China probes top economy official for 'disciplinary violations'
China has launched an investigation into a senior economic policymaker for corruption, state media report.
Liu Tienan, deputy head of the National Development and Reform Commission, is suspected of "serious disciplinary violations", Xinhua news agency says.
Allegations against Mr Liu first surfaced in December, when a well-known journalist accused him of corruption.
Action against him comes amid a high-profile anti-corruption drive initiated by new President Xi Jinping.
"Liu Tienan, a deputy director of the National Development and Reform Commission [NDRC], is being investigated over suspected serious disciplinary violations, the Central Commission for Discipline Inspection of the Communist Party of China said Sunday [12 May]," state news agency Xinhua reported.
What is unusual about this case is how it first came to light. A journalist from the respected Chinese magazine, Caijing, posted the allegations online last December.
Normally, allegations against senior officials are censored immediately. When, for example, the foreign media ran reports about wealth accumulated by the families of President Xi Jinping and former Premier Wen Jiabao, they were blocked online.
But the allegations about Liu Tienan remained online for months, which almost certainly suggests the decision not to remove them was sanctioned by the country's leadership.
Mr Liu is by no means a giant of Chinese politics, but he is senior enough for people to sit up and take note. Since taking power, Xi Jinping has frequently warned about the dangers corruption poses to Communist Party rule.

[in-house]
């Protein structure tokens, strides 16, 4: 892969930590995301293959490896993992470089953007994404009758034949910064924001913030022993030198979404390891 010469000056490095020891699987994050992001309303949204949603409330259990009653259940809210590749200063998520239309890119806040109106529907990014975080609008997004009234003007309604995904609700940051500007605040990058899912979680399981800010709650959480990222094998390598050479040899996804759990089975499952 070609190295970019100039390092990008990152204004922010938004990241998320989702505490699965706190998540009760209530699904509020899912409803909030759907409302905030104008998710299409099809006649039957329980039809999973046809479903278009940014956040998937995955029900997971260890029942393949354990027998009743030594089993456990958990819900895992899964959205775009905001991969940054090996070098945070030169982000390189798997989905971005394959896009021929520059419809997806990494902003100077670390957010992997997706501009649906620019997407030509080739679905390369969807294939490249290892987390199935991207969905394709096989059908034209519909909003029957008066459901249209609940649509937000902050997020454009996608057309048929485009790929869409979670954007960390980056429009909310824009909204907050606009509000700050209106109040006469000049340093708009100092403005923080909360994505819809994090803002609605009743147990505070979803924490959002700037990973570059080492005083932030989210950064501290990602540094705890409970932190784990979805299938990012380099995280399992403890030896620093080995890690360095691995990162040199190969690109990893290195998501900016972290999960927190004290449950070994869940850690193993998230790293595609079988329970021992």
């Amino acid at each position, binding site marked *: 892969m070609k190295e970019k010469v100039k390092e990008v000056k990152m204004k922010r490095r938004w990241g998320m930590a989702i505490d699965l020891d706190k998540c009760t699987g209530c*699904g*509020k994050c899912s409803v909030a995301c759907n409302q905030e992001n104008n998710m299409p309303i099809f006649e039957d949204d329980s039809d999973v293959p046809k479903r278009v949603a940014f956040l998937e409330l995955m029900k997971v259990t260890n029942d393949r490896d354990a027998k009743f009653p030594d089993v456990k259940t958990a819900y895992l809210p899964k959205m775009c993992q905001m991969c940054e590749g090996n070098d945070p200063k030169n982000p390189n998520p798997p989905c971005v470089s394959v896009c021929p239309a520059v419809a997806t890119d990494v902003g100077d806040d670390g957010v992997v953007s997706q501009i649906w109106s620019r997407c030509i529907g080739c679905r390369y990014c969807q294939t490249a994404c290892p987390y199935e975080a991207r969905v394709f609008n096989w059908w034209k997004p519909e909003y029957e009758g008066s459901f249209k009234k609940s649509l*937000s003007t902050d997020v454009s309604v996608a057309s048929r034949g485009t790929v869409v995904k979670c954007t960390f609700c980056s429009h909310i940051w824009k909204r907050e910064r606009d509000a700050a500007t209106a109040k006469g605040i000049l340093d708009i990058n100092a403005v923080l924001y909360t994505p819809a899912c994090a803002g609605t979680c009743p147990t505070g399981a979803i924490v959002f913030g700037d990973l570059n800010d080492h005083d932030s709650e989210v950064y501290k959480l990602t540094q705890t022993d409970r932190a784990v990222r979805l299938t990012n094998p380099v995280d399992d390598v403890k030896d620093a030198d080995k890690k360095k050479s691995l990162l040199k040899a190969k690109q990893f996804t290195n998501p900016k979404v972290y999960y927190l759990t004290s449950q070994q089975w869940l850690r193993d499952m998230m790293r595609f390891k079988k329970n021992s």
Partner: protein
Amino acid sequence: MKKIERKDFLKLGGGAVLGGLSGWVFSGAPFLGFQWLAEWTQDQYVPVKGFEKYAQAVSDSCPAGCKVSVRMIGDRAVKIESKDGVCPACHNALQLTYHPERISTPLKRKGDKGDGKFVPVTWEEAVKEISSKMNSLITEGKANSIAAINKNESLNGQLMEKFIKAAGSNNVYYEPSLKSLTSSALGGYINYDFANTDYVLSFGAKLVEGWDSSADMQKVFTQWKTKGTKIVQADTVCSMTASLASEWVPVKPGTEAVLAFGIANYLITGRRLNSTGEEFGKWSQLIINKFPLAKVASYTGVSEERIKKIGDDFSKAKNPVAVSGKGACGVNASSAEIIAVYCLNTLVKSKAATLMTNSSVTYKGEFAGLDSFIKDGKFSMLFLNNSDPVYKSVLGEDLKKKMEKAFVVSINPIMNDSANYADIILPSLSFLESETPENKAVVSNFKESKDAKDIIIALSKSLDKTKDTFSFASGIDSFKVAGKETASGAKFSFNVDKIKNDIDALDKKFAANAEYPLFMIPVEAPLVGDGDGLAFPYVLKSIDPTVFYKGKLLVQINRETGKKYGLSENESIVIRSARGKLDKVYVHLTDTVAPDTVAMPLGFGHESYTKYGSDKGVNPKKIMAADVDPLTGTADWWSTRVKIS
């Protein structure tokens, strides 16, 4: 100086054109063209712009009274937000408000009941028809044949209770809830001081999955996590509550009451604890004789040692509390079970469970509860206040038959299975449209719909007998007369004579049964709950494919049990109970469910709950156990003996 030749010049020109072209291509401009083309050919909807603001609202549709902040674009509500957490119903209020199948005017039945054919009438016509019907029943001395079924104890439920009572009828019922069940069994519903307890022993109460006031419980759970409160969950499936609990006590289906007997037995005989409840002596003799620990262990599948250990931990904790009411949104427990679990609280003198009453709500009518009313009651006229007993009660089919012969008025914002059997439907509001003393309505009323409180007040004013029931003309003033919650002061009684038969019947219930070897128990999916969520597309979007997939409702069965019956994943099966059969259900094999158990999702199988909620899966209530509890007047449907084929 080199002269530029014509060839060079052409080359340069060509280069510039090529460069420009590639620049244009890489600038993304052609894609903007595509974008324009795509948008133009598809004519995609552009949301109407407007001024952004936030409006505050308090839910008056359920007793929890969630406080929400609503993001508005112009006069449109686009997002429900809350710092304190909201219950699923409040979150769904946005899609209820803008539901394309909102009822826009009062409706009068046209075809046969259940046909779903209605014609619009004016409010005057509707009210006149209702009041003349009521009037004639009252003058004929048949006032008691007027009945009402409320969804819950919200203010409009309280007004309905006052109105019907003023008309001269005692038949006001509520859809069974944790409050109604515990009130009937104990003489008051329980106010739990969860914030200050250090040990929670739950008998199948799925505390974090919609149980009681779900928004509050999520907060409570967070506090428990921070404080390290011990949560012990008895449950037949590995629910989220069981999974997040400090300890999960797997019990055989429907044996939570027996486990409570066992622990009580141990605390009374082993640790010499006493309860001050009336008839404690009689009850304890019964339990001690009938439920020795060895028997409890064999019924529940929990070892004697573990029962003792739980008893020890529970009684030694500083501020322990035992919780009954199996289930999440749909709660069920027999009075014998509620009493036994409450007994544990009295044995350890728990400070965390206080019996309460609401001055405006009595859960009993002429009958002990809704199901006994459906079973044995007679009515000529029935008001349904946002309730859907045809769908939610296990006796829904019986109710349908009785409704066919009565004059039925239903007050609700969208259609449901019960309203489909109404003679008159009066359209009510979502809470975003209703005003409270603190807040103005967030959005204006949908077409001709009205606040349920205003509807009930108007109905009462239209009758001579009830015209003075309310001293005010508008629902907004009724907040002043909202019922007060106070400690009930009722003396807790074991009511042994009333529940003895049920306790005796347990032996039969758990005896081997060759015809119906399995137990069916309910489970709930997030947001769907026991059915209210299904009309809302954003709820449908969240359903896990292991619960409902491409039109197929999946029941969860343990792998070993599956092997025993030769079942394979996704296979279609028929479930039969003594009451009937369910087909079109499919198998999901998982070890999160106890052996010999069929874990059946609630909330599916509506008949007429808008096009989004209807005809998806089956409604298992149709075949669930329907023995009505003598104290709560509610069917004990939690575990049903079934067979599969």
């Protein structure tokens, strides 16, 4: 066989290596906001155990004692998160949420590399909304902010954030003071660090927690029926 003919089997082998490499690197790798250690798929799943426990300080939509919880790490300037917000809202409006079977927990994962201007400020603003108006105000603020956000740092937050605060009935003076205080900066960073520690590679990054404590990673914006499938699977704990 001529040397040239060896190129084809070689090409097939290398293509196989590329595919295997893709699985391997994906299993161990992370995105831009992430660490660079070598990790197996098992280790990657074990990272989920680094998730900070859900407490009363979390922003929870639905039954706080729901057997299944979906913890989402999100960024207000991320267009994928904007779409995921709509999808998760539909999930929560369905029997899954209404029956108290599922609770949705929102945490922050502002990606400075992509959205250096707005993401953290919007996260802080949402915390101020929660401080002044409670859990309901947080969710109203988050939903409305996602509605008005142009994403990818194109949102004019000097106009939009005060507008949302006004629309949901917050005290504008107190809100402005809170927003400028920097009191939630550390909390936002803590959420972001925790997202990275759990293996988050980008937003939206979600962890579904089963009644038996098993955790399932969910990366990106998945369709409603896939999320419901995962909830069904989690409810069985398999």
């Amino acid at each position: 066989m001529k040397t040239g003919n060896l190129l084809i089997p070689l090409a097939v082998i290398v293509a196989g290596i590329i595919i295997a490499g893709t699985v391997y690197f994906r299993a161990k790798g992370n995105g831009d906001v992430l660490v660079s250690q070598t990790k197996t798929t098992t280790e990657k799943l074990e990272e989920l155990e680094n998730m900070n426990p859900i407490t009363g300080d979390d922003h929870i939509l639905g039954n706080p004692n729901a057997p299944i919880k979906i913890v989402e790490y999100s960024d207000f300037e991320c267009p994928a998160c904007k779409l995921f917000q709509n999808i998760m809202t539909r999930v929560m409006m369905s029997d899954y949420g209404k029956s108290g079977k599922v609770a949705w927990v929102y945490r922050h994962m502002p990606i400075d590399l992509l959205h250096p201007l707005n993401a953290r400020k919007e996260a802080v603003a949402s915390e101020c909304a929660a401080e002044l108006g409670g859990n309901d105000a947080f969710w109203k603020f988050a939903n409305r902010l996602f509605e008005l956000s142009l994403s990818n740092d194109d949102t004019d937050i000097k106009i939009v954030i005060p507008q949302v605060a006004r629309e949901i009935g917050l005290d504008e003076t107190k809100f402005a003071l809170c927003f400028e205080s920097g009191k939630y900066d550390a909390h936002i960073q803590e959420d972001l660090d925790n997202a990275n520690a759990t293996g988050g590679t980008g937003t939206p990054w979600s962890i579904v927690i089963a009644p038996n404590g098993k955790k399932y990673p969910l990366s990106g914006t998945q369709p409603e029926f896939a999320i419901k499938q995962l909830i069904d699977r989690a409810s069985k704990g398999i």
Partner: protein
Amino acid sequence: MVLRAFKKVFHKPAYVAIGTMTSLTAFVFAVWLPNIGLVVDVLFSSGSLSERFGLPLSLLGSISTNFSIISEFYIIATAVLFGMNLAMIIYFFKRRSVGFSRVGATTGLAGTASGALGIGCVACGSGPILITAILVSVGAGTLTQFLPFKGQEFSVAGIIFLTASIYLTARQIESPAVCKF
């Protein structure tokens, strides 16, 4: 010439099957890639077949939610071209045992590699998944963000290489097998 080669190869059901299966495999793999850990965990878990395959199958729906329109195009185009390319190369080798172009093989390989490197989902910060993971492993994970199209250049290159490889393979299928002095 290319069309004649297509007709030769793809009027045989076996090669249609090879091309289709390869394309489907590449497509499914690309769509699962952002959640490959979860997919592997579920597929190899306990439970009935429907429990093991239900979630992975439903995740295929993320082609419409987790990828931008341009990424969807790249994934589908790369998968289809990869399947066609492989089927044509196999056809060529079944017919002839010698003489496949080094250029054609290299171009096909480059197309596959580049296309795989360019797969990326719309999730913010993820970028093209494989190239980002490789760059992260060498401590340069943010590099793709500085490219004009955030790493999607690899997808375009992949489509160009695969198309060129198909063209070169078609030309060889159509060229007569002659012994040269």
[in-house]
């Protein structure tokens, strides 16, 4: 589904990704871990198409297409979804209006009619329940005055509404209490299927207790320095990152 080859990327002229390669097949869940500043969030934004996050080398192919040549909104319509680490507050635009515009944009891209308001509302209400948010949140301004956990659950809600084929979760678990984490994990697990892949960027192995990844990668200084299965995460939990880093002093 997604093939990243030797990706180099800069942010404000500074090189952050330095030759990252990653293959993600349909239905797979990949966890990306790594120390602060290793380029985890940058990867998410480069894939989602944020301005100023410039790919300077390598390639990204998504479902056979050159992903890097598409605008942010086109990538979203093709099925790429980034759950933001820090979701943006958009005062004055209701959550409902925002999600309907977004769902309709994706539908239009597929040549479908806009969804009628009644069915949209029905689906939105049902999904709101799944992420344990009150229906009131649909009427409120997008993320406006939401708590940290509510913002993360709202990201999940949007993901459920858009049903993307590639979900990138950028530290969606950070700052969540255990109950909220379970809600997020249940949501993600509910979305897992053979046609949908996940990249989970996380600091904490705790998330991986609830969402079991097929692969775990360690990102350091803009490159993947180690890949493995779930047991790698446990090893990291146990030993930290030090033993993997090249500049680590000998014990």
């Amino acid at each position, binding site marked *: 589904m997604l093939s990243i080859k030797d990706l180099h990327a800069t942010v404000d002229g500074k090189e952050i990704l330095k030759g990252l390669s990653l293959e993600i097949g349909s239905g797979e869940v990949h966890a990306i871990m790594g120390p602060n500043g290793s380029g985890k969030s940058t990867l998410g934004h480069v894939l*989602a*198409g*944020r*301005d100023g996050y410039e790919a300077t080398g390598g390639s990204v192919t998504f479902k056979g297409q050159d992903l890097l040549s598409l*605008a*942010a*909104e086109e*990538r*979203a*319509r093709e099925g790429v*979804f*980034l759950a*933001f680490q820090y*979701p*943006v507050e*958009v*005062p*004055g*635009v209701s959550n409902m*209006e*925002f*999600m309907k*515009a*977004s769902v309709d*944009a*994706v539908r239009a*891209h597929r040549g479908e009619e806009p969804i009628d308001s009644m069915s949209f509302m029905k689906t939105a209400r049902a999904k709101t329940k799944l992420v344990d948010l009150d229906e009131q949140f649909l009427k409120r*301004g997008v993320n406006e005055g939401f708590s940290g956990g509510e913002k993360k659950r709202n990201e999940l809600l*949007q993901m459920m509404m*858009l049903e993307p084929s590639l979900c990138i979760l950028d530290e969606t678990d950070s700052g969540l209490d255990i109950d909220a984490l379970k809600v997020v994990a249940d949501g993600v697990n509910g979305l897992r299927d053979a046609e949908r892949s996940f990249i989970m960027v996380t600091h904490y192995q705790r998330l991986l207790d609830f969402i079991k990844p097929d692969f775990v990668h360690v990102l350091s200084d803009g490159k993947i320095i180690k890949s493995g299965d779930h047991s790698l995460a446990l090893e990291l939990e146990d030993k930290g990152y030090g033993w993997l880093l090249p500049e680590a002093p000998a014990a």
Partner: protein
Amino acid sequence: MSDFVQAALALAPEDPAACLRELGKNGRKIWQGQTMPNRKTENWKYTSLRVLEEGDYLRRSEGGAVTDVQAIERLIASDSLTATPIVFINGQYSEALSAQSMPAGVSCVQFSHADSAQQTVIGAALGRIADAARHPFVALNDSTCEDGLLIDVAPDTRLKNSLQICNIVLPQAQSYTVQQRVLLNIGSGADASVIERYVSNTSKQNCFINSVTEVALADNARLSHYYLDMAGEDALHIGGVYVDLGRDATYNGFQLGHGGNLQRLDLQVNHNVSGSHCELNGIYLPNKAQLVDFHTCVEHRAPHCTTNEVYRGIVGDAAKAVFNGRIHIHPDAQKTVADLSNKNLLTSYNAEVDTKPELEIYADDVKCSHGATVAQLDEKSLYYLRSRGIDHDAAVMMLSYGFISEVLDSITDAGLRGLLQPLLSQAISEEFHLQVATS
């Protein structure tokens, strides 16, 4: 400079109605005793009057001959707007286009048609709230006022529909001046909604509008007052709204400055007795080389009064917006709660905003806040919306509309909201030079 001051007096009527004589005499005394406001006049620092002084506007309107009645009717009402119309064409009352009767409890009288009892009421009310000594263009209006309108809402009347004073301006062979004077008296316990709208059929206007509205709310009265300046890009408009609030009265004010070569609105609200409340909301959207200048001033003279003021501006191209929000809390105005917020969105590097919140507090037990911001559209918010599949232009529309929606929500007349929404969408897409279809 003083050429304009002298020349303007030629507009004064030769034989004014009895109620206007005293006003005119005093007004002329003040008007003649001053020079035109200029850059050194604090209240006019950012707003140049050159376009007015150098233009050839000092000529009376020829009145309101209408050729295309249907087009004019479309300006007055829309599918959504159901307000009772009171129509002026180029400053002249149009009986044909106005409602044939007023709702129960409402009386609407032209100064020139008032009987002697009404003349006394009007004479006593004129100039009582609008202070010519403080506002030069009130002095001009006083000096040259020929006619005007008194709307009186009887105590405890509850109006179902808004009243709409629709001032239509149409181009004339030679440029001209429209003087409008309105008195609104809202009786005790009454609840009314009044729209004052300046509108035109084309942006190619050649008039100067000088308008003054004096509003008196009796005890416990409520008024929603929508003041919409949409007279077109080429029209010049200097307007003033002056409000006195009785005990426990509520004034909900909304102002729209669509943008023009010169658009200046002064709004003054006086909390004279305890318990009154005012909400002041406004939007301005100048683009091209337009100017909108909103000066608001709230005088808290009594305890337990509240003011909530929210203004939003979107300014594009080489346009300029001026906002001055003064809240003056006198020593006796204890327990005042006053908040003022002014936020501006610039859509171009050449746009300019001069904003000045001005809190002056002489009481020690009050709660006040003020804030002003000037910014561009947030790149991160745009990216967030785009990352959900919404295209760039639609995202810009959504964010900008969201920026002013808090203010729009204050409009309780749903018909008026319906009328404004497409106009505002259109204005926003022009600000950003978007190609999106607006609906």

But critics say the only way to root out entrenched corruption is for greater transparency from top officials - something that China's leaders have shown no willingness to do.
Mr Liu, born in 1954, has been in his NDRC role - which oversees national economic planning - since 2008, Xinhua added. He was also head of China's energy administration, responsible for energy policy, until March.
No information concerning allegations against him was given.
Luo Changping, deputy editor of respected Caijing Magazine, first levelled allegations against Mr Liu in December.
On entries posted on weibo, China's version of Twitter, Mr Luo said the official was involved in questionable financial deals, fabricated his academic record and threatened to kill a former mistress.
In China, where media is heavily censored, these were bold accusations against a senior government official, says the BBC's Martin Patience in Beijing.
No timescale was given for the investigation into Mr Liu. But state-run Global Times said in an editorial that the announcement of the probe showed the power of the internet.
"Luo Changping's victory over Liu Tienan was achieved through the internet. This predicts that the focus of power of Chinese public opinion is further shifting to the internet," it said.
Since taking office, leader Xi Jinping has vowed to tackle corruption, warning that it threatens the Communist Party's grip on power.
This investigation will be seen as an attempt by China's new president to persuade a deeply sceptical public that he is serious about ending official abuse, our correspondent adds.